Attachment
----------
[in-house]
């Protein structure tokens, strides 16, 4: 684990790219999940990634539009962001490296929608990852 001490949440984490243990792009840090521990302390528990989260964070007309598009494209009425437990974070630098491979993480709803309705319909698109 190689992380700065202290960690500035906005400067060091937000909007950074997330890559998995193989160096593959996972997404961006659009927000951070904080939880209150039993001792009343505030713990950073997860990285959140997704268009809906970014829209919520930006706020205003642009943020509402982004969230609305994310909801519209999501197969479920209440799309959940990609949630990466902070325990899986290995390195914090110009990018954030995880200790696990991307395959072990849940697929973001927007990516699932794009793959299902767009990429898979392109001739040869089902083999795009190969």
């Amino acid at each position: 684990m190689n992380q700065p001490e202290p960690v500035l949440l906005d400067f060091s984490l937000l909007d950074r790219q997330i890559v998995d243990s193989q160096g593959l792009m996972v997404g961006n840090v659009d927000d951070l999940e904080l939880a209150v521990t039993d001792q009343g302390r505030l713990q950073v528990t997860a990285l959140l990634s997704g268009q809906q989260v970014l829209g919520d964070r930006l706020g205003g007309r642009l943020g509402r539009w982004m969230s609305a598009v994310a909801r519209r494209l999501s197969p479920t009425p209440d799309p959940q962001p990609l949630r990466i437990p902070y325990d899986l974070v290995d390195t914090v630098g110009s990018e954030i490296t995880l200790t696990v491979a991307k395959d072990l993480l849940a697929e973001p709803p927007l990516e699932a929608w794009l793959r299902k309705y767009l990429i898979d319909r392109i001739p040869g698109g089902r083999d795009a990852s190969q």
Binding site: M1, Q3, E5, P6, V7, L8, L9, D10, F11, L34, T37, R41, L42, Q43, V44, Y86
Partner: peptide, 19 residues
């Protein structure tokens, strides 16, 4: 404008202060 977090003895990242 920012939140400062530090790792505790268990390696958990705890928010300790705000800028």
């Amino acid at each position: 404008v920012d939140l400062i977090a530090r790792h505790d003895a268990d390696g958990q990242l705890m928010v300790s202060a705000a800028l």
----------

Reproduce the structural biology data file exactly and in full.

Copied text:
[in-house]
């Protein structure tokens, strides 16, 4: 684990790219999940990634539009962001490296929608990852 001490949440984490243990792009840090521990302390528990989260964070007309598009494209009425437990974070630098491979993480709803309705319909698109 190689992380700065202290960690500035906005400067060091937000909007950074997330890559998995193989160096593959996972997404961006659009927000951070904080939880209150039993001792009343505030713990950073997860990285959140997704268009809906970014829209919520930006706020205003642009943020509402982004969230609305994310909801519209999501197969479920209440799309959940990609949630990466902070325990899986290995390195914090110009990018954030995880200790696990991307395959072990849940697929973001927007990516699932794009793959299902767009990429898979392109001739040869089902083999795009190969």
């Amino acid at each position: 684990m190689n992380q700065p001490e202290p960690v500035l949440l906005d400067f060091s984490l937000l909007d950074r790219q997330i890559v998995d243990s193989q160096g593959l792009m996972v997404g961006n840090v659009d927000d951070l999940e904080l939880a209150v521990t039993d001792q009343g302390r505030l713990q950073v528990t997860a990285l959140l990634s997704g268009q809906q989260v970014l829209g919520d964070r930006l706020g205003g007309r642009l943020g509402r539009w982004m969230s609305a598009v994310a909801r519209r494209l999501s197969p479920t009425p209440d799309p959940q962001p990609l949630r990466i437990p902070y325990d899986l974070v290995d390195t914090v630098g110009s990018e954030i490296t995880l200790t696990v491979a991307k395959d072990l993480l849940a697929e973001p709803p927007l990516e699932a929608w794009l793959r299902k309705y767009l990429i898979d319909r392109i001739p040869g698109g089902r083999d795009a990852s190969q």
Binding site: M1, Q3, E5, P6, V7, L8, L9, D10, F11, L34, T37, R41, L42, Q43, V44, Y86
Partner: peptide, 19 residues
């Protein structure tokens, strides 16, 4: 404008202060 977090003895990242 920012939140400062530090790792505790268990390696958990705890928010300790705000800028």
């Amino acid at each position: 404008v920012d939140l400062i977090a530090r790792h505790d003895a268990d390696g958990q990242l705890m928010v300790s202060a705000a800028l």